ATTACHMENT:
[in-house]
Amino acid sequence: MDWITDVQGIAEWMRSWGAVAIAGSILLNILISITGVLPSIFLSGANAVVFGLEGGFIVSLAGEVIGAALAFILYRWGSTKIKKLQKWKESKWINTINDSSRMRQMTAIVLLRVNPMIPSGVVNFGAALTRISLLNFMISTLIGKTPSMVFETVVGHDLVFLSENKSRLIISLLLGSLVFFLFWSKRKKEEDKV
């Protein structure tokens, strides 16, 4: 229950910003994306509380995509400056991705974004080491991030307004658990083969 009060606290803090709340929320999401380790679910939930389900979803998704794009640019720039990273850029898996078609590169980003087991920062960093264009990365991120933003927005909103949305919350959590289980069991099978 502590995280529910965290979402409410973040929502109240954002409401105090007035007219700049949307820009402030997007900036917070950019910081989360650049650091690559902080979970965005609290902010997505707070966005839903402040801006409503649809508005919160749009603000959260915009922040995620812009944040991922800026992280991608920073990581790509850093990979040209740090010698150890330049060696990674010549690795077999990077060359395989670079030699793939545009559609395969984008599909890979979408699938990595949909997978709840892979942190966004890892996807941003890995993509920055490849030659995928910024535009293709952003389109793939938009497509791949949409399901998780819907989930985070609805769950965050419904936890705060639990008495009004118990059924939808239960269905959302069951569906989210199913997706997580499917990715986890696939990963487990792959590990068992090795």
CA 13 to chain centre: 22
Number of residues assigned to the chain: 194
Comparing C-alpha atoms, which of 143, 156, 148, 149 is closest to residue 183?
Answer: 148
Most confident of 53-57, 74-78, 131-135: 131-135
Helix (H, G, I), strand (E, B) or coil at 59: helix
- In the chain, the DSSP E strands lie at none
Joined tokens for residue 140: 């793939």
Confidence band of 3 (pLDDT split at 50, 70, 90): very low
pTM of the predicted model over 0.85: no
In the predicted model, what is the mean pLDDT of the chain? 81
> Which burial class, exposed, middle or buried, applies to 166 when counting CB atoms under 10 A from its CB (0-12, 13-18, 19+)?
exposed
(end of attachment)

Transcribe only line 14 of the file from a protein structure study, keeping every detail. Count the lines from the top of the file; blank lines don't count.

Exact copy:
In the predicted model, what is the mean pLDDT of the chain? 81